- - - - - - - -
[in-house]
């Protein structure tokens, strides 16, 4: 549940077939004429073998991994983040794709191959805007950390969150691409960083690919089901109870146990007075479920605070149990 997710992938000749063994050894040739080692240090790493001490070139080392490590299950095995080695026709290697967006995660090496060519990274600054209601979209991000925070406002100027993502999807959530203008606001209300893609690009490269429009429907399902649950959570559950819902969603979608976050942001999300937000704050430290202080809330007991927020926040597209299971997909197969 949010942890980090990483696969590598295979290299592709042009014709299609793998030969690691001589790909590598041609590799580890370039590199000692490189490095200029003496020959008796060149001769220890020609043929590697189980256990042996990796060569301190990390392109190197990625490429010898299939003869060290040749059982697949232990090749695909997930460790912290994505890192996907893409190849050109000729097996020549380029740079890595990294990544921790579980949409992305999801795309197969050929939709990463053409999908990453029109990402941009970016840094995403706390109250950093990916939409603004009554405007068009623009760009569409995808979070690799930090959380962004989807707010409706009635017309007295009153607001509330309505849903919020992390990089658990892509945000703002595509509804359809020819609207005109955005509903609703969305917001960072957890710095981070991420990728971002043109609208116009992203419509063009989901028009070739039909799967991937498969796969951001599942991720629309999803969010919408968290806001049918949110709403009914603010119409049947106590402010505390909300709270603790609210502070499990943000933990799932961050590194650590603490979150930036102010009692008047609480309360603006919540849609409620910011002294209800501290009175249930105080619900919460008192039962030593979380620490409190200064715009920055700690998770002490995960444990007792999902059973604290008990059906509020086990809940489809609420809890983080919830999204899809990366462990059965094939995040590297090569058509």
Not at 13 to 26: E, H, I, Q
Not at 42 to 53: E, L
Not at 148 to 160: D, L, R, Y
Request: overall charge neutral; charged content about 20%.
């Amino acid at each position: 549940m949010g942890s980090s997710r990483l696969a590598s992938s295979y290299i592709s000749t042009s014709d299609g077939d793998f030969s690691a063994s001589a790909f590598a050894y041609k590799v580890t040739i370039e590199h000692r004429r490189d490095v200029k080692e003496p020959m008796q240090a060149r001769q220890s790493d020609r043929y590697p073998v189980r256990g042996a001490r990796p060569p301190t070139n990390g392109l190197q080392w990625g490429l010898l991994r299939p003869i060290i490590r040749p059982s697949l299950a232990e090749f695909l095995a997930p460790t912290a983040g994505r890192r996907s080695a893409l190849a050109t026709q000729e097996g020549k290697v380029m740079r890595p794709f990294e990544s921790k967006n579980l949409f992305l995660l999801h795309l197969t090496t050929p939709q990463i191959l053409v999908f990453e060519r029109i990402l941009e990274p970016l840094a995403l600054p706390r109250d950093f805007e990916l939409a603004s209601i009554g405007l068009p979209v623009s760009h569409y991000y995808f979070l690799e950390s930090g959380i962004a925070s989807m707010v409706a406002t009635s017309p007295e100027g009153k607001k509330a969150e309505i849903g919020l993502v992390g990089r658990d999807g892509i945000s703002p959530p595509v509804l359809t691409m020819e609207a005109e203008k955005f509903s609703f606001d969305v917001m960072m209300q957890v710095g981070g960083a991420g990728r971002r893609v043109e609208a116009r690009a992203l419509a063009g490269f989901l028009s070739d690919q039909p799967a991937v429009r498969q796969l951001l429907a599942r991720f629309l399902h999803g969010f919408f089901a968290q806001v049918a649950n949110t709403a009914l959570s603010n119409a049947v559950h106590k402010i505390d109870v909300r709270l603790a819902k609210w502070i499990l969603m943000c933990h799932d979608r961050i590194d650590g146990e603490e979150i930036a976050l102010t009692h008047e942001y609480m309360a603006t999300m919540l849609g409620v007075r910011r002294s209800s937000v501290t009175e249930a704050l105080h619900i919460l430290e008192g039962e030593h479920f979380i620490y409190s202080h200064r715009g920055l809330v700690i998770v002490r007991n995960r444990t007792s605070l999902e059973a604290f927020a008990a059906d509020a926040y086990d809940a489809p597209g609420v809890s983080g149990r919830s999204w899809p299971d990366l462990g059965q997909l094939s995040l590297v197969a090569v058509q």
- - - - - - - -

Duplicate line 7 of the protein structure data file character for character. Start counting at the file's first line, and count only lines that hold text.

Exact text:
């Amino acid at each position: 549940m949010g942890s980090s997710r990483l696969a590598s992938s295979y290299i592709s000749t042009s014709d299609g077939d793998f030969s690691a063994s001589a790909f590598a050894y041609k590799v580890t040739i370039e590199h000692r004429r490189d490095v200029k080692e003496p020959m008796q240090a060149r001769q220890s790493d020609r043929y590697p073998v189980r256990g042996a001490r990796p060569p301190t070139n990390g392109l190197q080392w990625g490429l010898l991994r299939p003869i060290i490590r040749p059982s697949l299950a232990e090749f695909l095995a997930p460790t912290a983040g994505r890192r996907s080695a893409l190849a050109t026709q000729e097996g020549k290697v380029m740079r890595p794709f990294e990544s921790k967006n579980l949409f992305l995660l999801h795309l197969t090496t050929p939709q990463i191959l053409v999908f990453e060519r029109i990402l941009e990274p970016l840094a995403l600054p706390r109250d950093f805007e990916l939409a603004s209601i009554g405007l068009p979209v623009s760009h569409y991000y995808f979070l690799e950390s930090g959380i962004a925070s989807m707010v409706a406002t009635s017309p007295e100027g009153k607001k509330a969150e309505i849903g919020l993502v992390g990089r658990d999807g892509i945000s703002p959530p595509v509804l359809t691409m020819e609207a005109e203008k955005f509903s609703f606001d969305v917001m960072m209300q957890v710095g981070g960083a991420g990728r971002r893609v043109e609208a116009r690009a992203l419509a063009g490269f989901l028009s070739d690919q039909p799967a991937v429009r498969q796969l951001l429907a599942r991720f629309l399902h999803g969010f919408f089901a968290q806001v049918a649950n949110t709403a009914l959570s603010n119409a049947v559950h106590k402010i505390d109870v909300r709270l603790a819902k609210w502070i499990l969603m943000c933990h799932d979608r961050i590194d650590g146990e603490e979150i930036a976050l102010t009692h008047e942001y609480m309360a603006t999300m919540l849609g409620v007075r910011r002294s209800s937000v501290t009175e249930a704050l105080h619900i919460l430290e008192g039962e030593h479920f979380i620490y409190s202080h200064r715009g920055l809330v700690i998770v002490r007991n995960r444990t007792s605070l999902e059973a604290f927020a008990a059906d509020a926040y086990d809940a489809p597209g609420v809890s983080g149990r919830s999204w899809p299971d990366l462990g059965q997909l094939s995040l590297v197969a090569v058509q």